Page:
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    There are some other very recent threads (don't have links handy ATM) including screenshots of the same results on a non-Techstream scanner. Monitor results are a generic category for scanners to be able to retrieve.

    The only difference seen in the screenshot of the non-Techstream display was that it was displaying the pressure in psi rather than kPa, but that's just an easy conversion.

    The repair manual also includes a section on how to interpret the results if you retrieve them on a completely generic scanner that only shows them as hex codes and doesn't even know what measurement unit to display (or so this post reports).
     
  14. AW82

    AW82 Member

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    I'll have to keep looking, then. I've searched around quite a bit and am not seeing anywhere where someone has been able to plug in and see the last EGR monitor test's "test value". A few hints that people plugged in a gauge and drove in such a way to trigger an EGR test and watched the live MAP and EGR step or commanded % gauge. Maybe that's what you're referring to?
     
  15. wheezyglider

    wheezyglider Active Member

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    Oh you can trust ChapmanF to be more precise than that at all times :). He laid that post on me, and it indeed appears that one particular scantool with "mode 6" capability has a Prius-aware interpretation of the EGR flow monitor output. From the photo I suspect that it's maybe a Nexpeak NX501?
     
  16. AW82

    AW82 Member

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    Thanks for the link. That thread did not come up in any of my searches.

    I was mostly going to do this for a data point before I clean my EGR cooler anyway, so I don't really want to buy new tools. I was hoping to find a way to do it with my ScanGaugeII or with an Android app and existing OBD Bluetooth dongle.

    Edit: Ah...I think I found it but the terminology is different. The Torque app can run a diagnostic report $06 which will show the following:
    MID:$31 TID:$bd
    - EGR Monitor Bank 1
    Max: 655.34998kPa Min: 0.99kPa
    Test result value: XX.XXkPa
    PASS/FAIL
     
    #56 AW82, Apr 7, 2021
    Last edited: Apr 7, 2021
  17. Mendel Leisk

    Mendel Leisk Sand Pounder

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    The EGR flow sensor is at the valve is determined by the MAP sensor, at the bottom of the intake manifold. Downstream, the small diameter outlets in the intake manifold, at each engine intake port, are clogging unevenly. Cylinder number one (at passenger end) typically clogs first. But the computers keep saying everything’s fine.
     
    #57 Mendel Leisk, Apr 7, 2021
    Last edited: Apr 7, 2021
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  18. wheezyglider

    wheezyglider Active Member

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    Interesting. First I've seen someone get at this using Torque.

    edit to add:
    Using my cheapo ELM327 OBD2 w/ Torque

    From the 2012:
    Screenshot_20210407-113923.png

    From the 2010 (cleaned 25K-ish miles ago): Screenshot_20210407-114143.png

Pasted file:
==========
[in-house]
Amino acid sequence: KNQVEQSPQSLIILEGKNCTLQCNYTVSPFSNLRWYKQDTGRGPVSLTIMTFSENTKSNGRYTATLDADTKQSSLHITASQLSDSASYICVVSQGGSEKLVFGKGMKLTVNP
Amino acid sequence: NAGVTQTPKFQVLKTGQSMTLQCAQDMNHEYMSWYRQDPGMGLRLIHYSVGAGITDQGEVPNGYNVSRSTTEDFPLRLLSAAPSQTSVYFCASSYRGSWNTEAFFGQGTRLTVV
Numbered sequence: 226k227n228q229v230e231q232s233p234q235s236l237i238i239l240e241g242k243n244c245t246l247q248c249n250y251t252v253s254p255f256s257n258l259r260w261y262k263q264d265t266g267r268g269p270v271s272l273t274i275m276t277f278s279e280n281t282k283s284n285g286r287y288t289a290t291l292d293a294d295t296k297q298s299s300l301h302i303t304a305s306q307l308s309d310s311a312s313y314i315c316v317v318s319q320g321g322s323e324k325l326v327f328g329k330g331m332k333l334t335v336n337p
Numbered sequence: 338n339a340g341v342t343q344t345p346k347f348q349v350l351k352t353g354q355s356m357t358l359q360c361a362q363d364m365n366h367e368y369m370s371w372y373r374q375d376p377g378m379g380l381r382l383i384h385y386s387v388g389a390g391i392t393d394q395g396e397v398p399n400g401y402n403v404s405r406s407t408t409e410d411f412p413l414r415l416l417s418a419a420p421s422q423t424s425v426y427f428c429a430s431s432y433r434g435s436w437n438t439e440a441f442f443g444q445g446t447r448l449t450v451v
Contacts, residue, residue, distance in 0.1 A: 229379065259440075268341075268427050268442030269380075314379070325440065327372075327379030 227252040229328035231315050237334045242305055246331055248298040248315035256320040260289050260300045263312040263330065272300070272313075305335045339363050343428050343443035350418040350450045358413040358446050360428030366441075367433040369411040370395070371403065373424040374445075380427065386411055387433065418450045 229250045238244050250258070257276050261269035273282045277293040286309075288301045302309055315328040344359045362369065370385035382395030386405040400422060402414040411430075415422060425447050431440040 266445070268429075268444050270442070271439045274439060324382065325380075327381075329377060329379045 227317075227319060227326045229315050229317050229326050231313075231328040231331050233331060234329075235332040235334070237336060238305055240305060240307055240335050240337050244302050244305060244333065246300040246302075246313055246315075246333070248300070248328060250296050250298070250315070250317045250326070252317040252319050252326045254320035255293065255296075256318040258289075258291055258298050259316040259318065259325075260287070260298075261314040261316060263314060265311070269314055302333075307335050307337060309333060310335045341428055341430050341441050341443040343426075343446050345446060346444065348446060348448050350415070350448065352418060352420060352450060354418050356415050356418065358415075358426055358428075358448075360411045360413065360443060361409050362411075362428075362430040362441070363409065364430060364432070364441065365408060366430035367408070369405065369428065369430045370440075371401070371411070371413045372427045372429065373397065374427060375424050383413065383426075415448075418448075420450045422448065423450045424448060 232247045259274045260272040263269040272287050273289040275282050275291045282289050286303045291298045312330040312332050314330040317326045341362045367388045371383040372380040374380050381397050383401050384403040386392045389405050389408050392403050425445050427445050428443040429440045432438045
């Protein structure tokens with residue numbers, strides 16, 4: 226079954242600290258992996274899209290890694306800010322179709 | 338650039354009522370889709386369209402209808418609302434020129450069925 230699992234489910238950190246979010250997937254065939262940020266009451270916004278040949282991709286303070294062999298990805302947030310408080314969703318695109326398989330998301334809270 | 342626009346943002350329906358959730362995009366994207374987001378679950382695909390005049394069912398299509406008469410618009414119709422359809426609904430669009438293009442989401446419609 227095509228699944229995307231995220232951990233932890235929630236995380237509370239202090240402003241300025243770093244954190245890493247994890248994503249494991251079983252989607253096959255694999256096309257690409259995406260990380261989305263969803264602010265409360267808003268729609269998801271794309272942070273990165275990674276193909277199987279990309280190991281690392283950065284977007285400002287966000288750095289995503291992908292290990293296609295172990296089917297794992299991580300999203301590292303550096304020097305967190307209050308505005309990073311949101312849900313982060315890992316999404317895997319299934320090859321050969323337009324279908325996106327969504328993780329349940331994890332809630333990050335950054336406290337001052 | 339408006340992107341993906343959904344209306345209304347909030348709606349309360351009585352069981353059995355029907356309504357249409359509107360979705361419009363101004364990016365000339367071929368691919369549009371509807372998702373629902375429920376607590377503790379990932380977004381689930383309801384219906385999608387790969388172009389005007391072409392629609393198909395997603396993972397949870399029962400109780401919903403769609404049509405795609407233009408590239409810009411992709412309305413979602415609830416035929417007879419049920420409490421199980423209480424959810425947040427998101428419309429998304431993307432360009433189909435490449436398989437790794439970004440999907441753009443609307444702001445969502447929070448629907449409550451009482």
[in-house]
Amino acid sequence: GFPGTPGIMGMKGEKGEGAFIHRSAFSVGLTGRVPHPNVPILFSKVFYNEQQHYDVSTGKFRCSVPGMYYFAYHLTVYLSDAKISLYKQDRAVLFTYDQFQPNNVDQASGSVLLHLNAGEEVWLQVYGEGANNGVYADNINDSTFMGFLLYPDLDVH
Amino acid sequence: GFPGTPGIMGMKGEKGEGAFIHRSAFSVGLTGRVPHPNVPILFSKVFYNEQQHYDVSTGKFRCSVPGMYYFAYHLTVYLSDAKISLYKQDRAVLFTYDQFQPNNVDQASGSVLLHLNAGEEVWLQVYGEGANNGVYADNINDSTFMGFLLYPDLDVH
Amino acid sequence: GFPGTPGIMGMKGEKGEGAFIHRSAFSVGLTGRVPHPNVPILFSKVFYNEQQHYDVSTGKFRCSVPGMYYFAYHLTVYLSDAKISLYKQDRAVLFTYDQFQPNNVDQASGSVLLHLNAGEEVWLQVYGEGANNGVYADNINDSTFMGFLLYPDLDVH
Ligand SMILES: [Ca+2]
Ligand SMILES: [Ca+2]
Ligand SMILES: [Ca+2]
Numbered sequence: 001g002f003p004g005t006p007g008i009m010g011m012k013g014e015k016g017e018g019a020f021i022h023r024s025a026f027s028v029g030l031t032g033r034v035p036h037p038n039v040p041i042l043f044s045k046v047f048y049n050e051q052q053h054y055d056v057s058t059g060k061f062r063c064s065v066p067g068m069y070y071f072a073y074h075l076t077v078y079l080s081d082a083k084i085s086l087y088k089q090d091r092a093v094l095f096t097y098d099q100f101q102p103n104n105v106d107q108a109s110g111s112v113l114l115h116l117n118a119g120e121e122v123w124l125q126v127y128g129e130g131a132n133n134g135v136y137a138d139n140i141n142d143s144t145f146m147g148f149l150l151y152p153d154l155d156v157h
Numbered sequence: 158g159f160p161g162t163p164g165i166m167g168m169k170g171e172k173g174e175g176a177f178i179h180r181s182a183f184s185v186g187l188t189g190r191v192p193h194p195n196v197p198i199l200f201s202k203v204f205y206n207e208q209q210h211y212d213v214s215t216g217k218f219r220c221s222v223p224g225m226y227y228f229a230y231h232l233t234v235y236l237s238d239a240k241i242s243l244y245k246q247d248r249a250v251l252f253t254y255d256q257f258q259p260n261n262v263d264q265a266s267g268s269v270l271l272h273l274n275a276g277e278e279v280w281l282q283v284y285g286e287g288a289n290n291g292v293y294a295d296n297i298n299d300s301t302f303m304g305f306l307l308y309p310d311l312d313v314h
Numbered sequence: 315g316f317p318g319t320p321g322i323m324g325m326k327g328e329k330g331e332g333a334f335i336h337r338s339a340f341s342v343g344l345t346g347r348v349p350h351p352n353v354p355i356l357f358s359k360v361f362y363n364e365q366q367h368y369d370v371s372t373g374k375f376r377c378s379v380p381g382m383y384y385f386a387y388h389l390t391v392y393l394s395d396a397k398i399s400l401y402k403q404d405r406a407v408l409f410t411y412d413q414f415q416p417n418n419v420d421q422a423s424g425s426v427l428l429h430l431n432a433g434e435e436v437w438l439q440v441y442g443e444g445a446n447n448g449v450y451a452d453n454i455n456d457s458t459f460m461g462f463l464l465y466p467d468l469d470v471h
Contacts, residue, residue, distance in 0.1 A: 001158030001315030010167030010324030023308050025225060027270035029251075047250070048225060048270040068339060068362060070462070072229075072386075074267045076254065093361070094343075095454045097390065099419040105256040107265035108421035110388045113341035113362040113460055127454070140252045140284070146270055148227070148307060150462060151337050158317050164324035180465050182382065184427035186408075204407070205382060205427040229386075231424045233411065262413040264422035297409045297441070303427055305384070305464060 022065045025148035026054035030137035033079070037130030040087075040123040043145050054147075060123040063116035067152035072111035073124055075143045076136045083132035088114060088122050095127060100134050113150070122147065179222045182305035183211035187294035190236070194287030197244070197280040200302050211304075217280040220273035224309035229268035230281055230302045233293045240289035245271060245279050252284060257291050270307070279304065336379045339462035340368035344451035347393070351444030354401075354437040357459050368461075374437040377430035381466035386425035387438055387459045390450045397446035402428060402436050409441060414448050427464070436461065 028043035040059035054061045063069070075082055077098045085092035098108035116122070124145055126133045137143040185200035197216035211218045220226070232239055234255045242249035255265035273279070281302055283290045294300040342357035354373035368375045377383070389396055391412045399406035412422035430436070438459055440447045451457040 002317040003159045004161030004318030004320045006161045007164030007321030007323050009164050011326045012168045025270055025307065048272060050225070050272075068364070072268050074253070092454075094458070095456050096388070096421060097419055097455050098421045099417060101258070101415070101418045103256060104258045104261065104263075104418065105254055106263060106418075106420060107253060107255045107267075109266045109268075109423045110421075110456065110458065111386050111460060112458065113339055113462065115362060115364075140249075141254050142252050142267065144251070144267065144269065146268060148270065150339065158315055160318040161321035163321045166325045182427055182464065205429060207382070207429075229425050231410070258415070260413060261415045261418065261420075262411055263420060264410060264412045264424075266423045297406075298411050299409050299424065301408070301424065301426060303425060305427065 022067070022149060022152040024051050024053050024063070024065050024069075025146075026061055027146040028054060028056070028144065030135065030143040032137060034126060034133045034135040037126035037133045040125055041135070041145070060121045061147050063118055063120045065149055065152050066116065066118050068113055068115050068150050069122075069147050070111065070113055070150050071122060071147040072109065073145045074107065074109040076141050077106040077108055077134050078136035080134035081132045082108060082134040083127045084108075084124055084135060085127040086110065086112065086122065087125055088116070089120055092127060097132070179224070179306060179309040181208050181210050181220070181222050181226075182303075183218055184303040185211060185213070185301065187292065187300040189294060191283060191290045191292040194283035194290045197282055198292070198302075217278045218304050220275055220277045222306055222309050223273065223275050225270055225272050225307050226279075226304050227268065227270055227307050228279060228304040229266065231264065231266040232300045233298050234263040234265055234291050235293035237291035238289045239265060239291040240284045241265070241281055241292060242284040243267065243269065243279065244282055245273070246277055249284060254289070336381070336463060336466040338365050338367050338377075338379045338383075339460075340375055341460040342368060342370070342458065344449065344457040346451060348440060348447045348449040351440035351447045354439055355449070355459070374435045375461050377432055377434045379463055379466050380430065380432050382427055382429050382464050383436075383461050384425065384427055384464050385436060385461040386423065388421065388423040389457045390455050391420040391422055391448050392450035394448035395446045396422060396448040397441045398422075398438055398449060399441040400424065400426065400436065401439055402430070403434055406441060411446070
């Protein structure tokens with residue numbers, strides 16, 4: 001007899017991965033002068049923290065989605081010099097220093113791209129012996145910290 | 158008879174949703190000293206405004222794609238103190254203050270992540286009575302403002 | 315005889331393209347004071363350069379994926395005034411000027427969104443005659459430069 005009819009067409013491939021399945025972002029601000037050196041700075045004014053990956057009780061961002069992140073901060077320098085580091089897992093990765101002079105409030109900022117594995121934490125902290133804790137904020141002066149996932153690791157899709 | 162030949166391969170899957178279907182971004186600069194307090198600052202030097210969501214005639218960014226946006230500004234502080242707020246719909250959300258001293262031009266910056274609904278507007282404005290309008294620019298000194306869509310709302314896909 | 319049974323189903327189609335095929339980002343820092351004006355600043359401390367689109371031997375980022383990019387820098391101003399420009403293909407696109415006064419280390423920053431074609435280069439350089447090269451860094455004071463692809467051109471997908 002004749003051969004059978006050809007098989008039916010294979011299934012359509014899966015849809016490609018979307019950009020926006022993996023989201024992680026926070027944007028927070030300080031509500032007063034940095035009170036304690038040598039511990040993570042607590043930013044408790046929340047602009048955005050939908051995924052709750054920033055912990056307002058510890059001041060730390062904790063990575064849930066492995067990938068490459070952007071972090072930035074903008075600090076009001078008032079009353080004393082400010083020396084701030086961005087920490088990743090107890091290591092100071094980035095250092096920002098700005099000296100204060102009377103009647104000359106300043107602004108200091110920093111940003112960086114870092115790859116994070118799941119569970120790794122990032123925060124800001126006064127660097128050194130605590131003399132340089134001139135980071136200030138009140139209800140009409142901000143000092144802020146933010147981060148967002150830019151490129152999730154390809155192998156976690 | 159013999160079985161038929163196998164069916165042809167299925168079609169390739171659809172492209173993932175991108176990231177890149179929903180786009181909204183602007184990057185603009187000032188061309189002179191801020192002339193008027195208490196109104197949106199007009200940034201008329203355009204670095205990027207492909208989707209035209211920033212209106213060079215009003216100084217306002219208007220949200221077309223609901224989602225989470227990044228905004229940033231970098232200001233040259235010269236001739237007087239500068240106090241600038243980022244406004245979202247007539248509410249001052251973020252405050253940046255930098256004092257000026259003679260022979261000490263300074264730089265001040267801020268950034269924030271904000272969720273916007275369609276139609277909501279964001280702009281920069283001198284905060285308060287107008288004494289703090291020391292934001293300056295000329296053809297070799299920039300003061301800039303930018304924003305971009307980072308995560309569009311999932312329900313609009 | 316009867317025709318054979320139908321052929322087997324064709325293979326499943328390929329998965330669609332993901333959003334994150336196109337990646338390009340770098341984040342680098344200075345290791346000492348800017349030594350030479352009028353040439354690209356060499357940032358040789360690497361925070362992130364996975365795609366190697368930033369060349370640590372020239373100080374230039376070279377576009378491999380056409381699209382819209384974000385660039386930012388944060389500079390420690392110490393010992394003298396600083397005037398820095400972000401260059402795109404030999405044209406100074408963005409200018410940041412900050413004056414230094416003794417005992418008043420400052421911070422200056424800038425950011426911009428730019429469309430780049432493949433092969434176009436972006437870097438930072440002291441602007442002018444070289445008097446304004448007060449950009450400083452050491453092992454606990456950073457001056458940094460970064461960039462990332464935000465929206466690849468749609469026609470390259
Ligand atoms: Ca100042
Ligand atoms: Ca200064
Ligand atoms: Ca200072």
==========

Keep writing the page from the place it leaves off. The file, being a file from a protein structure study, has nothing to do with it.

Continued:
How long was that test sitting there? :oops: I can't believe I once hooked up a logic analyzer to the CAN bus trying to find this. (It was like showering in the Matrix without tools to winnow the output.)
     
    #58 wheezyglider, Apr 7, 2021
    Last edited: Apr 7, 2021
  19. ChapmanF

    ChapmanF Senior Member

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    Yeah, you can pretty much see that Mode 6 is a standard kind of query, and even generic tools now understand that that this particular MID / TID refers to an EGR test and has units of pressure. The extra section in the manual was to tell you how to munge the numbers if you were using such an old generic tool that it only dumped hex values at you.

    There isn't any flow sensor at the valve. There is an intake manifold absolute pressure sensor, which is mounted down low on the manifold, next to where the throttle body bolts on. That absolute pressure reading is what is used to prove flow.

    Because the pressure in the manifold is below atmospheric when the engine is running, that absolute pressure reading will be below 14.7 psi (and as low as 4 psi typically, at idle). When the EGR valve is opened, and gas is flowing in from another source, that reduces the vacuum (i.e., the absolute pressure reading goes up). The amount it goes up is the test value reported by the monitor.

    The effect on the manifold pressure is of course the combined effect of the EGR flow out of all four of those ports. It is a point well taken that if those four ports are differently occluded, individual cylinders can be getting too little or too much EGR while the overall test result is ok.

    On the other hand, it is only in the manifold itself that the one EGR flow path splits into four. The test value is still useful for proving the flow of gas through every component upstream of that (the cooler, the valve, the piping). That's still pretty useful, given that those upstream components are much more labor-intensive to inspect and/or clean, while removing just the intake manifold to eyeball and poke something through its four passages is a walk in the park by comparison.

    This test was definitely effective in revealing the problem ozmatt was having with the EGR valve; take a look at that test value in #50 compared to any of the more normal values seen in other posts here.
     
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  20. AW82

    AW82 Member